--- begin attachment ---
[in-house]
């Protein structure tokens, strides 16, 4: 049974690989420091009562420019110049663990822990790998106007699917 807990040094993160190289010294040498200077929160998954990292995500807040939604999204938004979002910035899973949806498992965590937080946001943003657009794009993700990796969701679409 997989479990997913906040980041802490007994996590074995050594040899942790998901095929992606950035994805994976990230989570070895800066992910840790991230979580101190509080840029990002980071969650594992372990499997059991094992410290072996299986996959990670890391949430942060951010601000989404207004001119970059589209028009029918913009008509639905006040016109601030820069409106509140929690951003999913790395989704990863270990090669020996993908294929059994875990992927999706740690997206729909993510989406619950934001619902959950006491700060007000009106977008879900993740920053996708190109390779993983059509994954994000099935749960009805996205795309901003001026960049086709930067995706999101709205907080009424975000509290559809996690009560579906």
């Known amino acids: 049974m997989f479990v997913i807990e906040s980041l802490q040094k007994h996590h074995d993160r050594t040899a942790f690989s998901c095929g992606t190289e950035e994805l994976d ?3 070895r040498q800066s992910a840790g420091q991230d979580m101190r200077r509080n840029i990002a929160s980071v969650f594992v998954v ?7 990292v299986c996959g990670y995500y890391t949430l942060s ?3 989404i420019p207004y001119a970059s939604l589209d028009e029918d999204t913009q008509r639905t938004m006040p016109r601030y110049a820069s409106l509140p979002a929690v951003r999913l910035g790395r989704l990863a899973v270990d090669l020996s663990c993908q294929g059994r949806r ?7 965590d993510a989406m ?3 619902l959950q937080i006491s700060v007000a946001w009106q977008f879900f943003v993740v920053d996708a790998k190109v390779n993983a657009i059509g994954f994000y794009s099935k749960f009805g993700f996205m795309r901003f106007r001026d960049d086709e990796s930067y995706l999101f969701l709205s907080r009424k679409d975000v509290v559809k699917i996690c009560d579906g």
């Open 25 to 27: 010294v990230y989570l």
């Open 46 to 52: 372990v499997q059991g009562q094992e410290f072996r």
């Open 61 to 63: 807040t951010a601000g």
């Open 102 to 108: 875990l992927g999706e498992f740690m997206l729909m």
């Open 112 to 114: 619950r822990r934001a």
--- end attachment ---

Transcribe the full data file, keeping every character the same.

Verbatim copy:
[in-house]
């Protein structure tokens, strides 16, 4: 049974690989420091009562420019110049663990822990790998106007699917 807990040094993160190289010294040498200077929160998954990292995500807040939604999204938004979002910035899973949806498992965590937080946001943003657009794009993700990796969701679409 997989479990997913906040980041802490007994996590074995050594040899942790998901095929992606950035994805994976990230989570070895800066992910840790991230979580101190509080840029990002980071969650594992372990499997059991094992410290072996299986996959990670890391949430942060951010601000989404207004001119970059589209028009029918913009008509639905006040016109601030820069409106509140929690951003999913790395989704990863270990090669020996993908294929059994875990992927999706740690997206729909993510989406619950934001619902959950006491700060007000009106977008879900993740920053996708190109390779993983059509994954994000099935749960009805996205795309901003001026960049086709930067995706999101709205907080009424975000509290559809996690009560579906």
């Known amino acids: 049974m997989f479990v997913i807990e906040s980041l802490q040094k007994h996590h074995d993160r050594t040899a942790f690989s998901c095929g992606t190289e950035e994805l994976d ?3 070895r040498q800066s992910a840790g420091q991230d979580m101190r200077r509080n840029i990002a929160s980071v969650f594992v998954v ?7 990292v299986c996959g990670y995500y890391t949430l942060s ?3 989404i420019p207004y001119a970059s939604l589209d028009e029918d999204t913009q008509r639905t938004m006040p016109r601030y110049a820069s409106l509140p979002a929690v951003r999913l910035g790395r989704l990863a899973v270990d090669l020996s663990c993908q294929g059994r949806r ?7 965590d993510a989406m ?3 619902l959950q937080i006491s700060v007000a946001w009106q977008f879900f943003v993740v920053d996708a790998k190109v390779n993983a657009i059509g994954f994000y794009s099935k749960f009805g993700f996205m795309r901003f106007r001026d960049d086709e990796s930067y995706l999101f969701l709205s907080r009424k679409d975000v509290v559809k699917i996690c009560d579906g």
């Open 25 to 27: 010294v990230y989570l």
């Open 46 to 52: 372990v499997q059991g009562q094992e410290f072996r």
């Open 61 to 63: 807040t951010a601000g």
């Open 102 to 108: 875990l992927g999706e498992f740690m997206l729909m």
């Open 112 to 114: 619950r822990r934001a």